Fall 2021 CFPB Supervisory Highlights Part II: Mortgage Servicing, Payday Lending, Prepaid Accounts, and Remittance Transfers
NAFCU recently published Part 1 of the Fall 2021 CFPB Supervisory Highlights. Here is a summary of the remaining key issues the CFPB covers in their Fall 2021 Supervisory Highlights.
The Supervisory Highlights mentioned multiple mortgage servicing violations. Examiners found mortgage servicers charged “late fees and default-related fees to borrowers” in CARES Act forbearances. Examinations found these late fees and other related fees were charged because of human and system error.
The CFPB also discovered mortgage servicers did not terminate preauthorized electronic fund transfers for closed accounts and even failed to act after receiving notice of the accounts’ closures. In both situations, consumers were charged fees for failed transfers. In another related issue, a lack of company oversight and employee training led mortgage servicers to overcharge fees to borrowers. A consumer could not avoid these fees as the mortgage servicers did not disclose the fees to the borrower.
According to the Supervisory Highlights, the CFPB also found mortgage servicers violated Regulation X and Regulation Z. Mortgage servicers violated Regulation X on two fronts. First, the CFPB found mortgage servicers did not complete borrowers’ loss mitigation applications. Second, mortgage servicers did not give consumers written notice of the servicers’ decisions of potential loss mitigation choices within the regulatory-required, 30-day window. While mortgage servicers faulted the delays “…[on] increased borrower assistance requests, lack of availability of key vendors, and a slowdown in economic activity due to shelter-in-place requirements,” examiners still found mortgage servicers did not act in good faith in satisfying the 30-day timeline.
Additionally, mortgage servicers violated Regulation Z by applying excess payments to borrowers’ escrow accounts instead of returning partial payments. For example, examiners found where the excess payments “were less than $100, the mortgage servicer attempted to refund the excess payment by applying them to” the escrow account. Consequently, the mortgage servicer would keep the excess payment in escrow instead of either returning the partial payment or applying the payment to the next scheduled payment. Mortgage servicers corrected this behavior once discovered and properly applied the excess payments.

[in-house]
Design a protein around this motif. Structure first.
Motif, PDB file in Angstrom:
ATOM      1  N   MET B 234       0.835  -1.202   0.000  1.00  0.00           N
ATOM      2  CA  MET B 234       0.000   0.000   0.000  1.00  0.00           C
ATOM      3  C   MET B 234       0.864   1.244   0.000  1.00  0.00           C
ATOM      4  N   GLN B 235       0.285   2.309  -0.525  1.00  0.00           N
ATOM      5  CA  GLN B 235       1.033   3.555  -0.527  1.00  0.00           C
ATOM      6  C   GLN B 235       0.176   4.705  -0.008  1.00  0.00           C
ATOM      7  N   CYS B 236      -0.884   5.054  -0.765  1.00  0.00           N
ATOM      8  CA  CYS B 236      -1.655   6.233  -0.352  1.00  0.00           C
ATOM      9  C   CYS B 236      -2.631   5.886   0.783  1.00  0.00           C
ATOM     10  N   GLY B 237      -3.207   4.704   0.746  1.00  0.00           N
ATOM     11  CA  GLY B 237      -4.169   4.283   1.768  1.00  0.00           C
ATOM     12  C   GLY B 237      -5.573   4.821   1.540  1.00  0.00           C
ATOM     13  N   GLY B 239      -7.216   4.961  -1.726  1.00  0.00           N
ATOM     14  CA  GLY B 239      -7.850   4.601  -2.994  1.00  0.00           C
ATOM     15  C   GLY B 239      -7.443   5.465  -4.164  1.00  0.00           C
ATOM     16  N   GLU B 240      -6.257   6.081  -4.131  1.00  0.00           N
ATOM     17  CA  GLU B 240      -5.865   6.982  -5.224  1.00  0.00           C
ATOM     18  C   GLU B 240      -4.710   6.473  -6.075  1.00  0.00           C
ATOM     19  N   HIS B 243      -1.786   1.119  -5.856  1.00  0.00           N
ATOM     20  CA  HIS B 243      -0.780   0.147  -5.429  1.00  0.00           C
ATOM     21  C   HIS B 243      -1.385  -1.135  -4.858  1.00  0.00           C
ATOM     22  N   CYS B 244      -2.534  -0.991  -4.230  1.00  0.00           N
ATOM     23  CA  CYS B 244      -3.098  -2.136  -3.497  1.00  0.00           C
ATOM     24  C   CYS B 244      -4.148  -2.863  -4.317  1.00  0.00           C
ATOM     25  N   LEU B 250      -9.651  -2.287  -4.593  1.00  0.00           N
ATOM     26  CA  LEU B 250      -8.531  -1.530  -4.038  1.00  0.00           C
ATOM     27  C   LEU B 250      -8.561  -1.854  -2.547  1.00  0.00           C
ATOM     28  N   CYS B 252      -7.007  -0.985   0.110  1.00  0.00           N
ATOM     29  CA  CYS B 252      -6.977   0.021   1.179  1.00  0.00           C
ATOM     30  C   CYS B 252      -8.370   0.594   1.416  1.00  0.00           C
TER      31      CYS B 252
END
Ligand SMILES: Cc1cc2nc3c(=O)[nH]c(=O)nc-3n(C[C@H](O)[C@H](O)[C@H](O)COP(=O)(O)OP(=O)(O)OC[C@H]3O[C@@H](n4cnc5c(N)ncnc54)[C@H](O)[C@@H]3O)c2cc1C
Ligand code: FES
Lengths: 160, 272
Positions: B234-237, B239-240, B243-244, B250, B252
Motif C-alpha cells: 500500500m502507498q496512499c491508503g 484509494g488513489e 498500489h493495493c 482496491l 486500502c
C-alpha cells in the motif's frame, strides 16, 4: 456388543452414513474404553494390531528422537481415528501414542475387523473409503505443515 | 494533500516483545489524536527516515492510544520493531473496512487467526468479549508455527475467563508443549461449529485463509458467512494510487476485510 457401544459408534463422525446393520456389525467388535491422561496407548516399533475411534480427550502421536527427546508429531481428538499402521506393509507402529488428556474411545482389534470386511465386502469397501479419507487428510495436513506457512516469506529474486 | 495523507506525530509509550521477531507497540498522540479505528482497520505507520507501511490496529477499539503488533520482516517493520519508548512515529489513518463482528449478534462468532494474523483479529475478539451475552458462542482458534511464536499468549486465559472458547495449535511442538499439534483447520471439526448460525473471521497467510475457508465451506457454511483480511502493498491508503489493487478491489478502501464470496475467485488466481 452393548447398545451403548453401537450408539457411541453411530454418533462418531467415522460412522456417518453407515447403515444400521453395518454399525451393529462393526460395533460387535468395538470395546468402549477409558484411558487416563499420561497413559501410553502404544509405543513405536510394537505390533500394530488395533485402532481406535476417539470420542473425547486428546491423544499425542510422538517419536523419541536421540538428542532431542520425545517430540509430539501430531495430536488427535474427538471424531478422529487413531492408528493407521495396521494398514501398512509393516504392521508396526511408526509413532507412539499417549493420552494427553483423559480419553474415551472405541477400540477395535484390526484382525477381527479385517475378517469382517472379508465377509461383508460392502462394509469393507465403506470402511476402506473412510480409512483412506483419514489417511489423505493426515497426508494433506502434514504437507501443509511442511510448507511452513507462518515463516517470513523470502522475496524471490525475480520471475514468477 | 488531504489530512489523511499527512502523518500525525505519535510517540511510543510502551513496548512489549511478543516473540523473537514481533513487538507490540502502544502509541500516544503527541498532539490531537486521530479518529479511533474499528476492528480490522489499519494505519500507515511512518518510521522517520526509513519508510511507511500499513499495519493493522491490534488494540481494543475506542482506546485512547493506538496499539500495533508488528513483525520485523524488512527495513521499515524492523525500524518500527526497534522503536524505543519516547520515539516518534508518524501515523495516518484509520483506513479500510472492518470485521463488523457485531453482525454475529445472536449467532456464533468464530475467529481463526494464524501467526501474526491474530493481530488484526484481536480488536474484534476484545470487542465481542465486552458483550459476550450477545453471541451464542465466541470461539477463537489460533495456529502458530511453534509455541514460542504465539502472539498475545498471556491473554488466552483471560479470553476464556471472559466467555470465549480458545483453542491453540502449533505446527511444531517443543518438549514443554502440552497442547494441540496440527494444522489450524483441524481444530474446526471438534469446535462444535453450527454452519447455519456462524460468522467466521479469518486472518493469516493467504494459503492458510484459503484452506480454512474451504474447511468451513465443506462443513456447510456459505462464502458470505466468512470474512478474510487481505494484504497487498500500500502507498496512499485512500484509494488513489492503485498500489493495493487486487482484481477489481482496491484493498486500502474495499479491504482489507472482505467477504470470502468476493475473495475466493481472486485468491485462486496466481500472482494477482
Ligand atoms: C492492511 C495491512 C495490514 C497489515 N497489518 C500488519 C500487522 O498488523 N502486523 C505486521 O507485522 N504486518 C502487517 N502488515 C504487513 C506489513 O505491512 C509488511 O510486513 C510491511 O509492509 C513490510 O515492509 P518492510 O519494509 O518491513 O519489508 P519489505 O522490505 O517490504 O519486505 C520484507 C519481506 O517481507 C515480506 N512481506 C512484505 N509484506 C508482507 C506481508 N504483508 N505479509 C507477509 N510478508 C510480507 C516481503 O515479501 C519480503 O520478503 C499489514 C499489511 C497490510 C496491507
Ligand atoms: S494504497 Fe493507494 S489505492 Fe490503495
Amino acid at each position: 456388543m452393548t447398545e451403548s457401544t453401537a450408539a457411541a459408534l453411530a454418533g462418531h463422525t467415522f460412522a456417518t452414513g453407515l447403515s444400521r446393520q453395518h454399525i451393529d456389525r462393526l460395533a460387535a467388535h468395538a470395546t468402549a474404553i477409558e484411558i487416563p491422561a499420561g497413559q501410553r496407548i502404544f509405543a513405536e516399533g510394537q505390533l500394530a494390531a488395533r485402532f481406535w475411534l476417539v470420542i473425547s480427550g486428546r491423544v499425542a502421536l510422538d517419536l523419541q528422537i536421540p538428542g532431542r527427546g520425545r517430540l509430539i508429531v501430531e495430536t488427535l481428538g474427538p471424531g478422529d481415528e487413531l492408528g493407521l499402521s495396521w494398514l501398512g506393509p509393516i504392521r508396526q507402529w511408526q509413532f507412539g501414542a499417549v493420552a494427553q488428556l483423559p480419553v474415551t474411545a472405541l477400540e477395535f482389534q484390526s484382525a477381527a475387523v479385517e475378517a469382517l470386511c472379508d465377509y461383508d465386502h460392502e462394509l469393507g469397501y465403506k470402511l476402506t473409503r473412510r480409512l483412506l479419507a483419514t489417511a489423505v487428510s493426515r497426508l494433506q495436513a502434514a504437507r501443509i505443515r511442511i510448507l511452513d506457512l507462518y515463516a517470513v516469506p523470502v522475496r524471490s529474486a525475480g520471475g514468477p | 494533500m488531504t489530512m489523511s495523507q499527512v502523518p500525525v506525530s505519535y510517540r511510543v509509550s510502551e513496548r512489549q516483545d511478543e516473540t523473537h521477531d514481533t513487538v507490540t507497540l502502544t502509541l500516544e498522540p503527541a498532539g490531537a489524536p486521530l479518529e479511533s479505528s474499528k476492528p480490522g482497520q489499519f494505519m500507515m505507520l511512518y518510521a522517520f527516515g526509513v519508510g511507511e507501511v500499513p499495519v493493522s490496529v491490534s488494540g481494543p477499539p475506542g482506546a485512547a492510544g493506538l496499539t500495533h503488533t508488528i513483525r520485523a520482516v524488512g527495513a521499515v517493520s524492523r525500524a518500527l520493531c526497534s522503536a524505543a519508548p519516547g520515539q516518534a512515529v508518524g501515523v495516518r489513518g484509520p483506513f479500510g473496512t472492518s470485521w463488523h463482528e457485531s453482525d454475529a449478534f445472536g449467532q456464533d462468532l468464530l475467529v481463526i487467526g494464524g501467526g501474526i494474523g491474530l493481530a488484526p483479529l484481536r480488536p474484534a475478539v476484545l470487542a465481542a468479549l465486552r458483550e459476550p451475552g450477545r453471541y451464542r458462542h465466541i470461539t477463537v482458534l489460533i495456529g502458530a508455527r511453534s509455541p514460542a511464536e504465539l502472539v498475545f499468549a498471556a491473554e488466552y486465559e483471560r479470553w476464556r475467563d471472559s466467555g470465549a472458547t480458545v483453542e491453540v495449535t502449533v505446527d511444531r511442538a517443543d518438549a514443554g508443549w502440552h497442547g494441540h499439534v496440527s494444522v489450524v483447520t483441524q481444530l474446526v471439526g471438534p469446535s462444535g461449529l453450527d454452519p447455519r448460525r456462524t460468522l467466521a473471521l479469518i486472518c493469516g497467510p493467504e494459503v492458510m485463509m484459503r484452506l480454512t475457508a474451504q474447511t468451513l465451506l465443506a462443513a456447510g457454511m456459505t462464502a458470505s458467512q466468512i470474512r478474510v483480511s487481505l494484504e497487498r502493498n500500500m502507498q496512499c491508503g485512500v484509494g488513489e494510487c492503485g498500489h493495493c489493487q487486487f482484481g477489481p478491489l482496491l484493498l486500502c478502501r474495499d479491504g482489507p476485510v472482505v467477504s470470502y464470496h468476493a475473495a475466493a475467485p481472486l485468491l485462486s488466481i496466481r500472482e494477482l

The last violation the CFPB found related to the Homeowners Protection Act and private mortgage insurance. The bureau found mortgage servicers did not terminate private mortgage insurance on the date the principal balance would reach a 78 percent loan-to-value ratio on the mortgage. This violation was blamed on human error and was corrected by instituting a quality control process.
The Supervisory Highlights underscored two types of payday loan practices examiners considered Unfair, Deceptive, or Abusive Acts or Practices (UDAAP) violations. First, examiners discovered lenders were debiting consumer accounts the remaining balance of consumer loans even though the consumer applied for a loan extension and received email confirmation that only an extension fee was due. This practice resulted in debited consumer accounts and bank fees. The Supervisory Highlights emphasized consumers were vulnerable to harm because consumers were not informed in advance of the debit and were assured that only the extension fee was due. The CFPB also discovered lenders made misrepresentations in loan extension confirmation emails, holding out that only the extension fee payment was required.
Second, the bureau discovered payday lending practices where lenders would debit consumer accounts after a consumer would authorize a loan payment and the lender’s systems would suggest the transaction did not go through. In other circumstances, the duplicative debiting was caused by coding error and not human error.
The Supervisory Highlights also reported violations related to remittance transfers where financial institutions failed to properly investigate notices of errors indicating remitted funds were not available to the recipients within the availability date. Examiners also found remittance providers failed to investigate whether deductions made by the foreign recipient bank were a fee that the remitter institution was obligated to refund. As a result, remitter institutions in violation are conducting “look backs” and providing reimbursements to those who were not refunded.
As Brandy highlighted in Part I, these supervisory highlights are a helpful guidepost for credit unions to determine potential supervisory priorities for the CFPB and what other regulators may emphasize during examinations. Many of these violations occurred because of system or human error. A credit union may want to review its own policies and procedures in these regulatory areas to ensure the credit union is compliant.
About the Author
Justin joined NAFCU as a regulatory compliance counsel in August 2021. As part of the Regulatory Compliance Team, he provides daily compliance assistance to member credit unions on a variety of topics.